However, the high contrast between thick and thin can get you into trouble when it comes to making the restaurant's signs.

Signage is an area not explored nearly enough when it comes to developing a brand ID program. Something that may look good on a printed page may be impossible to convert over to neon, channel letters and various other kinds of signs.

When it comes to restaurants, the presentation of the store front to the outside world is very important -arguably the most important aspect of the marketing package.

timd's picture

I far preferred the high contrast and would have advocated going in the other direction of trying to make the joins as thin as possible even to the point of them disappearing, it reminds me of a recent id request (which, predictably, I cannot find at the moment).
Tim

dave bailey's picture

I far preferred the high contrast and would have advocated going in the other direction of trying to make the joins as thin as possible even to the point of them disappearing, it reminds me of a recent id request (which, predictably, I cannot find at the moment).

I agree, I feel like getting rid of that contrast makes the mark lose character that I was going for. Although really thin strokes can be an issue with printing I'm wondering if there is a solution like you mentioned where the connections get so thin that they disappear. I'll take another look at this, today.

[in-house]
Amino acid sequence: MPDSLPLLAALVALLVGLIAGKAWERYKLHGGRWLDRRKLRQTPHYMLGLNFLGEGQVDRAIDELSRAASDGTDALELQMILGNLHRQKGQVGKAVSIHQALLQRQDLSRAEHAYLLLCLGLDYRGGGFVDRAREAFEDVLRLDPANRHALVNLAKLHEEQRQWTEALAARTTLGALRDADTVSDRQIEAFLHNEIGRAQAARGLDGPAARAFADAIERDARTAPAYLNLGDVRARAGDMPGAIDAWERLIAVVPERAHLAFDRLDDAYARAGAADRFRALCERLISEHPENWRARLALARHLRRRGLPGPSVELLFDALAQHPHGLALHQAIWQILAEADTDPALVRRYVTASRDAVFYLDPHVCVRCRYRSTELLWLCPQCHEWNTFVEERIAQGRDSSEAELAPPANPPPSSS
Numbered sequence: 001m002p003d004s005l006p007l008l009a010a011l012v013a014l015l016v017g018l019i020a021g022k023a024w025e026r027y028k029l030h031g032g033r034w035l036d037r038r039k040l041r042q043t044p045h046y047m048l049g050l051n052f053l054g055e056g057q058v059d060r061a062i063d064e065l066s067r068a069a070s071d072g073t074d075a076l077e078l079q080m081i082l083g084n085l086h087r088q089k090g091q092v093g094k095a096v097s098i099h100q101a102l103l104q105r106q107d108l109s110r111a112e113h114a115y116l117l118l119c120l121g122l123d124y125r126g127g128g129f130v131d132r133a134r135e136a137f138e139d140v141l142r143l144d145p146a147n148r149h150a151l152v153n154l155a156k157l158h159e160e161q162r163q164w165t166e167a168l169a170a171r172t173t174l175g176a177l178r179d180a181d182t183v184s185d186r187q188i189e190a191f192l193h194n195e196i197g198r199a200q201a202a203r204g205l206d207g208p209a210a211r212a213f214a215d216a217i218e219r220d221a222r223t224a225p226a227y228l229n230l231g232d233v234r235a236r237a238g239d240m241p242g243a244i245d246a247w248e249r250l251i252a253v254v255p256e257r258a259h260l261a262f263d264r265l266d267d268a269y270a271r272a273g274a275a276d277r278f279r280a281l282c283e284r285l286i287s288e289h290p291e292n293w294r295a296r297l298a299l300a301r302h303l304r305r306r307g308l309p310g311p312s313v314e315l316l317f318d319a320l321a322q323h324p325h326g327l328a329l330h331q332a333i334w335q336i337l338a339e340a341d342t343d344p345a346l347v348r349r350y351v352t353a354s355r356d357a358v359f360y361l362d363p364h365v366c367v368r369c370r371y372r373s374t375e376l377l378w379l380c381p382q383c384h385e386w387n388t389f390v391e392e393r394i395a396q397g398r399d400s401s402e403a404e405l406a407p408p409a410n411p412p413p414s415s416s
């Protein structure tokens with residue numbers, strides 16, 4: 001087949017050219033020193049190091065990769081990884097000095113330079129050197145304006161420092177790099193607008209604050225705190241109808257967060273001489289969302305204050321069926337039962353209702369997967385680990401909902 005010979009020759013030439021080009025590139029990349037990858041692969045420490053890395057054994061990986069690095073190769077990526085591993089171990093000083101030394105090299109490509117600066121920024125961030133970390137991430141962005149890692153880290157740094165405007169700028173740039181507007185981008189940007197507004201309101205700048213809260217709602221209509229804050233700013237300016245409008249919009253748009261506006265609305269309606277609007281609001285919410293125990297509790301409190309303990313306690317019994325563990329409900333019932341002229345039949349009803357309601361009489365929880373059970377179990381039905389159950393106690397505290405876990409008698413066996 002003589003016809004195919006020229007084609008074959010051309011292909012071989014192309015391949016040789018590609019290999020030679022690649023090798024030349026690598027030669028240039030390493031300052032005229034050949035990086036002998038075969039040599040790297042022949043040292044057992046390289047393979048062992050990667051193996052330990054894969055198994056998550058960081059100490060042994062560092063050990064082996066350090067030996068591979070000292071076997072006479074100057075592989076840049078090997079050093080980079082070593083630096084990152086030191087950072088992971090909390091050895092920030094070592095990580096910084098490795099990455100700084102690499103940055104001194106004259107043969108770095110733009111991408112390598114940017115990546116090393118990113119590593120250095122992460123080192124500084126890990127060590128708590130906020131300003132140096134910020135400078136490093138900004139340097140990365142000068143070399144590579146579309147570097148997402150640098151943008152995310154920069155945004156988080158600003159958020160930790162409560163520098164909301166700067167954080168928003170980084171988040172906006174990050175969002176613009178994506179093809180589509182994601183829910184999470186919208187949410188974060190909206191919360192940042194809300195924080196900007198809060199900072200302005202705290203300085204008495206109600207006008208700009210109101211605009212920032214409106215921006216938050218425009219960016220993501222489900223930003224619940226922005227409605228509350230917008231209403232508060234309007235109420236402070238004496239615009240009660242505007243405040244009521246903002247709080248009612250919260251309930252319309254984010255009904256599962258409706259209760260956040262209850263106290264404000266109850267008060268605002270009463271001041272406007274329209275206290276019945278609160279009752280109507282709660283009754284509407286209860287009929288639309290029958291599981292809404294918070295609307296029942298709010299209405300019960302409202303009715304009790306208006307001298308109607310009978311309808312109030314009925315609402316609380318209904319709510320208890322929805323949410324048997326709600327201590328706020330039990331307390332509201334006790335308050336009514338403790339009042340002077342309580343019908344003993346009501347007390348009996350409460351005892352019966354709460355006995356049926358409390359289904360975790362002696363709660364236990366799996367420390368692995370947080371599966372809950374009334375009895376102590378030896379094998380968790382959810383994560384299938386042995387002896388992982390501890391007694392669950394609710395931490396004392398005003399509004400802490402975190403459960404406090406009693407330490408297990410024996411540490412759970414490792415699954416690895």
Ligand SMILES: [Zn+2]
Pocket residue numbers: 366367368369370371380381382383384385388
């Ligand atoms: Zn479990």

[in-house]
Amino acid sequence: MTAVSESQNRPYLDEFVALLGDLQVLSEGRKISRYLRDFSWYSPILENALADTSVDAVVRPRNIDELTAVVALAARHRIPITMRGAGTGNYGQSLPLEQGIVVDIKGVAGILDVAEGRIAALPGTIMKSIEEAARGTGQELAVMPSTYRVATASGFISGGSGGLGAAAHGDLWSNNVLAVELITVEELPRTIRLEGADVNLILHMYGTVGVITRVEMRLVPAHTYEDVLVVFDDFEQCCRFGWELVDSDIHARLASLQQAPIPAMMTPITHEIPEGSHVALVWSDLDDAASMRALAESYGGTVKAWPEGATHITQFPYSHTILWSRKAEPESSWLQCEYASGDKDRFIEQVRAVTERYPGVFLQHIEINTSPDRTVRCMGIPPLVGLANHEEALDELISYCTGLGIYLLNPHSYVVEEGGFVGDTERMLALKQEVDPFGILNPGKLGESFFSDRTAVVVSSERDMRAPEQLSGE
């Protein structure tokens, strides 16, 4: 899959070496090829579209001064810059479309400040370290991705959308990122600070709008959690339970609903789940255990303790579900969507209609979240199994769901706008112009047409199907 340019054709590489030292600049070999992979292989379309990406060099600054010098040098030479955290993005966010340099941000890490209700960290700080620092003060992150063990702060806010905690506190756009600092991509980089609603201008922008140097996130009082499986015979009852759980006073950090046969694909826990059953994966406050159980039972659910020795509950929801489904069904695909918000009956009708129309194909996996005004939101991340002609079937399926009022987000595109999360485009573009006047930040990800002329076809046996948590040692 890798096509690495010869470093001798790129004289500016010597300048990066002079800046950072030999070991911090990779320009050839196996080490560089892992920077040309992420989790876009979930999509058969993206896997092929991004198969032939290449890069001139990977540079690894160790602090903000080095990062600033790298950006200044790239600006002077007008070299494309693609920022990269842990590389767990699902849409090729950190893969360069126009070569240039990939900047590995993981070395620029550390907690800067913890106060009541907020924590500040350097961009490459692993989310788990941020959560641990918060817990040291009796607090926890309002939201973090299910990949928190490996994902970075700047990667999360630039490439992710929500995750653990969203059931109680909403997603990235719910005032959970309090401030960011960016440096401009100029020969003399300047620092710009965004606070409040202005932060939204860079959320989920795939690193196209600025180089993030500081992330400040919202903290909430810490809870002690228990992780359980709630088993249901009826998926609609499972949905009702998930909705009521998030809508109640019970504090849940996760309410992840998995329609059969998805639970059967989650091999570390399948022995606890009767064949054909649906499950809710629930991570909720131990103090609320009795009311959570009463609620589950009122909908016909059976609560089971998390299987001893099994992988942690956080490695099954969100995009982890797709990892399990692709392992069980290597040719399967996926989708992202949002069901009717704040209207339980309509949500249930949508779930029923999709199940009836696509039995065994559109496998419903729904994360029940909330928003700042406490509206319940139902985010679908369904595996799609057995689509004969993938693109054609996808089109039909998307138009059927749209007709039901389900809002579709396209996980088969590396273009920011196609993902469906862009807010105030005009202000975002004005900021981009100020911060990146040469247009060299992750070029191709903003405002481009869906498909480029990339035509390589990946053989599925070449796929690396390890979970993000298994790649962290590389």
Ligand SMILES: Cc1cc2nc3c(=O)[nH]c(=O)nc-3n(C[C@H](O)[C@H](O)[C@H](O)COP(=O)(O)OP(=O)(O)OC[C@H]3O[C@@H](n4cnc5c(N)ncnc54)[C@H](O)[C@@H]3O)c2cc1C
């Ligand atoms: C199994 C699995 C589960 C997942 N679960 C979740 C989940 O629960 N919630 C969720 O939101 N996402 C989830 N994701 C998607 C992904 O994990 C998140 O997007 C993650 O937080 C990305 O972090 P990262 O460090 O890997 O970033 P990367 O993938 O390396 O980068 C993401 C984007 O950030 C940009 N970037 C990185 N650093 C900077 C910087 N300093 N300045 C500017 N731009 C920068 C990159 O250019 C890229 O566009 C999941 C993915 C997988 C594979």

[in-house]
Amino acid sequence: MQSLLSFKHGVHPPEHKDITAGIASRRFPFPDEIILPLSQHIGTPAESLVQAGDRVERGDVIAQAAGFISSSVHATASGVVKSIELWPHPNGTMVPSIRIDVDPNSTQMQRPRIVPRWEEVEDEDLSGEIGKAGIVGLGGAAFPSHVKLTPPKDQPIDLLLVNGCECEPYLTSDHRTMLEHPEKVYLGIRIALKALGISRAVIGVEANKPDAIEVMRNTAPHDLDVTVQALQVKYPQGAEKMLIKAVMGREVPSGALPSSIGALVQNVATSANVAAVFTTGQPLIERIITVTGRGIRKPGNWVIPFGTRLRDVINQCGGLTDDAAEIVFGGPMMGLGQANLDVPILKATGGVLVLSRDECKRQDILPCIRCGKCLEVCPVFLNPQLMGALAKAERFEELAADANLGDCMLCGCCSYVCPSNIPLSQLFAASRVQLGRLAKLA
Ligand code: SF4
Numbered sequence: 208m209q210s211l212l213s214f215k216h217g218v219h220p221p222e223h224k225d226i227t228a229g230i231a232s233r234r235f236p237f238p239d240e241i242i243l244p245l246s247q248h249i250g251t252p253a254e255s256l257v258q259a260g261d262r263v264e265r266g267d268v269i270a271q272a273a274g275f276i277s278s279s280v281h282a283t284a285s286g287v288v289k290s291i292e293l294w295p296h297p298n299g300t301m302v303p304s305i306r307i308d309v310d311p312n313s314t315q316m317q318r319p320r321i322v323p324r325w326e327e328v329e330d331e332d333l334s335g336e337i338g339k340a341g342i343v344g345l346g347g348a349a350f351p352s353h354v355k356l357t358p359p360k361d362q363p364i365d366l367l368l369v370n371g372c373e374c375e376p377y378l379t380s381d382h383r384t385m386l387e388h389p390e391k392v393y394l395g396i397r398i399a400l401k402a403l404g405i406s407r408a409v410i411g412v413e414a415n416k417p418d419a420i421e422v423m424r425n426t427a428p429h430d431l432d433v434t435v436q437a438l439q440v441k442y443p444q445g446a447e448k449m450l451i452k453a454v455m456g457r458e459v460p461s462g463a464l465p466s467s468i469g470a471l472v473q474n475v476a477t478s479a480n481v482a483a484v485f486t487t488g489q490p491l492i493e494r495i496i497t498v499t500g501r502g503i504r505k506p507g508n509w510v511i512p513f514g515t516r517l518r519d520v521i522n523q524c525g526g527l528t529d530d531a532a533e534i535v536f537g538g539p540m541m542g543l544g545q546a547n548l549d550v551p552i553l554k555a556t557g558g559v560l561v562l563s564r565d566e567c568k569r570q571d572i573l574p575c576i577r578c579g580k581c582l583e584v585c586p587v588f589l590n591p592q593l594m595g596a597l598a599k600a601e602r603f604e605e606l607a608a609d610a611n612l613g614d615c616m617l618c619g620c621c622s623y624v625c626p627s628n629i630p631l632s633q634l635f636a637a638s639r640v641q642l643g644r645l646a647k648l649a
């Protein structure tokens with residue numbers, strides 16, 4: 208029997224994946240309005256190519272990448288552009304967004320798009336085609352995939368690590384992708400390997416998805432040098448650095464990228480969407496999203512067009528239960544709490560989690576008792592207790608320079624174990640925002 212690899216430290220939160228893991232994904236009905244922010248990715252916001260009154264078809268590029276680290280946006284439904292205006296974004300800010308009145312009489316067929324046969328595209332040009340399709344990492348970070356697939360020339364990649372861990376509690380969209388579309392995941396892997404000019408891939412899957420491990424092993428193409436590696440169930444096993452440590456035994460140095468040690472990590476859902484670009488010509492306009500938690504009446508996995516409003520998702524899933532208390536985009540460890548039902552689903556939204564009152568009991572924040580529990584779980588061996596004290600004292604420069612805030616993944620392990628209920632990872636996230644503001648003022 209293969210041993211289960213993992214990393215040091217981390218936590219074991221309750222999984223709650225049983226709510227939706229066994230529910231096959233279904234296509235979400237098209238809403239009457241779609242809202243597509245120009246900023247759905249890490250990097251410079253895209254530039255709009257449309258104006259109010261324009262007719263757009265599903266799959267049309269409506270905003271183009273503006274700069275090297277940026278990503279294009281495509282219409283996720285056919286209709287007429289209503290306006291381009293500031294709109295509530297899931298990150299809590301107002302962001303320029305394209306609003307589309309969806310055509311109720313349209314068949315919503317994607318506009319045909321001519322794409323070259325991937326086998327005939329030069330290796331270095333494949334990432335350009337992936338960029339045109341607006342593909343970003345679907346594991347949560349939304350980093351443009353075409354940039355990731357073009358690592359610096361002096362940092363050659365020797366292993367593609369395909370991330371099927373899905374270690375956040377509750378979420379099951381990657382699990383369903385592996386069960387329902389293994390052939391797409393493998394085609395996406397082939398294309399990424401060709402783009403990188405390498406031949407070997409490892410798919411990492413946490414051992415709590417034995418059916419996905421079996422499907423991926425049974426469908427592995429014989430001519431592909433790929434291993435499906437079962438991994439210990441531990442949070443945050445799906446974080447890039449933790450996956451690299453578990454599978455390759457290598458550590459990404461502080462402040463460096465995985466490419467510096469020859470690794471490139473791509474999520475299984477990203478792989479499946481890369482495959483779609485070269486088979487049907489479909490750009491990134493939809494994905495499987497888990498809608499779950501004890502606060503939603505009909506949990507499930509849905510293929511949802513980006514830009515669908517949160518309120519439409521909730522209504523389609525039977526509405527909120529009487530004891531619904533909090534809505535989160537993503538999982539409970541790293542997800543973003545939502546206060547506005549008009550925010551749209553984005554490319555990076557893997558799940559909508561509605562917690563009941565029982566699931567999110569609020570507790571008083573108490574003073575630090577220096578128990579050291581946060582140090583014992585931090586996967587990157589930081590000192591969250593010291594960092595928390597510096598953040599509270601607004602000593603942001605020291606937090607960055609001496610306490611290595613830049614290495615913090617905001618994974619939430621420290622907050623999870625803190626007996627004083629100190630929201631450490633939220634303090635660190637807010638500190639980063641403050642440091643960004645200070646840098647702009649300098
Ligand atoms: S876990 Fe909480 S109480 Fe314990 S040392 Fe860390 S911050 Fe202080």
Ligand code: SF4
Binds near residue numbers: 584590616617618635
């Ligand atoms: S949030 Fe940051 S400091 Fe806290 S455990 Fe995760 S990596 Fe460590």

timd's picture

As a rough guide you can take the logo to the size(s) you see it being used at and check if any strokes are 0.25pt or less then it is going to have problems (this will differ depending on media, print process etc.)
Tim

dave bailey's picture

This is basically a school only project, so output will be on Heavyweight Matte paper and printed on either an Epson 1280 or 2200.

Lex Kominek's picture

You could use your newer version at small sizes only, with the original for all other applications.

- Lex

Syndicate content Syndicate content